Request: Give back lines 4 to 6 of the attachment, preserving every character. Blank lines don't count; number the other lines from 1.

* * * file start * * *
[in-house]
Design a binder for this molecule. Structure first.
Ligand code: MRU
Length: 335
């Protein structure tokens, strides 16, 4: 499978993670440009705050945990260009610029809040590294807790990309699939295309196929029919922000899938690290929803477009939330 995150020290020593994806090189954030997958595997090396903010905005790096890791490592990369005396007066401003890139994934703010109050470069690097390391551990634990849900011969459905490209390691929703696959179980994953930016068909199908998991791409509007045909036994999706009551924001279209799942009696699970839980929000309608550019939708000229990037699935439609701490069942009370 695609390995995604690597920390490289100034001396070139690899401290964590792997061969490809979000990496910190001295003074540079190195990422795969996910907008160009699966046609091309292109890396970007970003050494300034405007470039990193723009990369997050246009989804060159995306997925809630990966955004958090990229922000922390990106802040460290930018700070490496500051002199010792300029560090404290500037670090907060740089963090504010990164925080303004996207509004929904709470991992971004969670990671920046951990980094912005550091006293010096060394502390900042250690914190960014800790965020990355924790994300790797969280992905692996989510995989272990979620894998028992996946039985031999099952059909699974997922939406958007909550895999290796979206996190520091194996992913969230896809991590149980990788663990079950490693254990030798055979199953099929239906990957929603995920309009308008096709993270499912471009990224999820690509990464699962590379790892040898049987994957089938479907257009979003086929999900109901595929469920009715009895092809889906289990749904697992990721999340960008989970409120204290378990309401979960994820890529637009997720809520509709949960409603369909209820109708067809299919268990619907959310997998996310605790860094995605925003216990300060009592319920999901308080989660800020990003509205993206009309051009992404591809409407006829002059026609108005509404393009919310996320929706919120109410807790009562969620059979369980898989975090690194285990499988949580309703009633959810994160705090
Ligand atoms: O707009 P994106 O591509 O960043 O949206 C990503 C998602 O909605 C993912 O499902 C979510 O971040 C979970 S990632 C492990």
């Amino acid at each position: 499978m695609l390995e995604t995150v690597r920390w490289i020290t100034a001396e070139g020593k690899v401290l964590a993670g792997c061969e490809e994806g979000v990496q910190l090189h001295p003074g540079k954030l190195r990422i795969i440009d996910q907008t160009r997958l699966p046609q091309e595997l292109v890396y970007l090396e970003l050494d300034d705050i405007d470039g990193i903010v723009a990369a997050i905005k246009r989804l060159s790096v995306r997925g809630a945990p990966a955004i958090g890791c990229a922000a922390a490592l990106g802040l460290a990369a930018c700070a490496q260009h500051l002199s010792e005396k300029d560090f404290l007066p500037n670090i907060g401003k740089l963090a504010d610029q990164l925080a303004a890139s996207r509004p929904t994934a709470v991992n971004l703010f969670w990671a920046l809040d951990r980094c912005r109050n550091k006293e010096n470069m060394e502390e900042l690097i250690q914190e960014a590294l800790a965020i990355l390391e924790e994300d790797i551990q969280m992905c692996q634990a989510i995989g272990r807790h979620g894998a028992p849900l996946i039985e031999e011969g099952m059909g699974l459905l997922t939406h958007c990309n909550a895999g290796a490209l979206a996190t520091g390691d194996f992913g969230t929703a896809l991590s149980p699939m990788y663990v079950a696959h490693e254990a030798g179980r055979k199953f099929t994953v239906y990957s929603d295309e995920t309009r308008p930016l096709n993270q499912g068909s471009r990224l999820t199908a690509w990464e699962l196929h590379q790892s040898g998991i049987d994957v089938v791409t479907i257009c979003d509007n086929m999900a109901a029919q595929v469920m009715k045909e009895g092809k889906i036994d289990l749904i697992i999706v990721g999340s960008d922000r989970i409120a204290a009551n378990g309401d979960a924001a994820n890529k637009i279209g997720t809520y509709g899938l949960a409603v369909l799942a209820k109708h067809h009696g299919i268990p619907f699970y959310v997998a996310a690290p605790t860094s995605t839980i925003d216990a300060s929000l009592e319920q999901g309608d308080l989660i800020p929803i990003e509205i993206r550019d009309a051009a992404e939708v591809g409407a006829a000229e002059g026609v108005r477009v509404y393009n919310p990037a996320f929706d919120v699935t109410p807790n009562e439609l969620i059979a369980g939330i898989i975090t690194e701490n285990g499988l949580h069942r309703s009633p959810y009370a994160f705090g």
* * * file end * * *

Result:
Length: 335
């Protein structure tokens, strides 16, 4: 499978993670440009705050945990260009610029809040590294807790990309699939295309196929029919922000899938690290929803477009939330 995150020290020593994806090189954030997958595997090396903010905005790096890791490592990369005396007066401003890139994934703010109050470069690097390391551990634990849900011969459905490209390691929703696959179980994953930016068909199908998991791409509007045909036994999706009551924001279209799942009696699970839980929000309608550019939708000229990037699935439609701490069942009370 695609390995995604690597920390490289100034001396070139690899401290964590792997061969490809979000990496910190001295003074540079190195990422795969996910907008160009699966046609091309292109890396970007970003050494300034405007470039990193723009990369997050246009989804060159995306997925809630990966955004958090990229922000922390990106802040460290930018700070490496500051002199010792300029560090404290500037670090907060740089963090504010990164925080303004996207509004929904709470991992971004969670990671920046951990980094912005550091006293010096060394502390900042250690914190960014800790965020990355924790994300790797969280992905692996989510995989272990979620894998028992996946039985031999099952059909699974997922939406958007909550895999290796979206996190520091194996992913969230896809991590149980990788663990079950490693254990030798055979199953099929239906990957929603995920309009308008096709993270499912471009990224999820690509990464699962590379790892040898049987994957089938479907257009979003086929999900109901595929469920009715009895092809889906289990749904697992990721999340960008989970409120204290378990309401979960994820890529637009997720809520509709949960409603369909209820109708067809299919268990619907959310997998996310605790860094995605925003216990300060009592319920999901308080989660800020990003509205993206009309051009992404591809409407006829002059026609108005509404393009919310996320929706919120109410807790009562969620059979369980898989975090690194285990499988949580309703009633959810994160705090
Ligand atoms: O707009 P994106 O591509 O960043 O949206 C990503 C998602 O909605 C993912 O499902 C979510 O971040 C979970 S990632 C492990």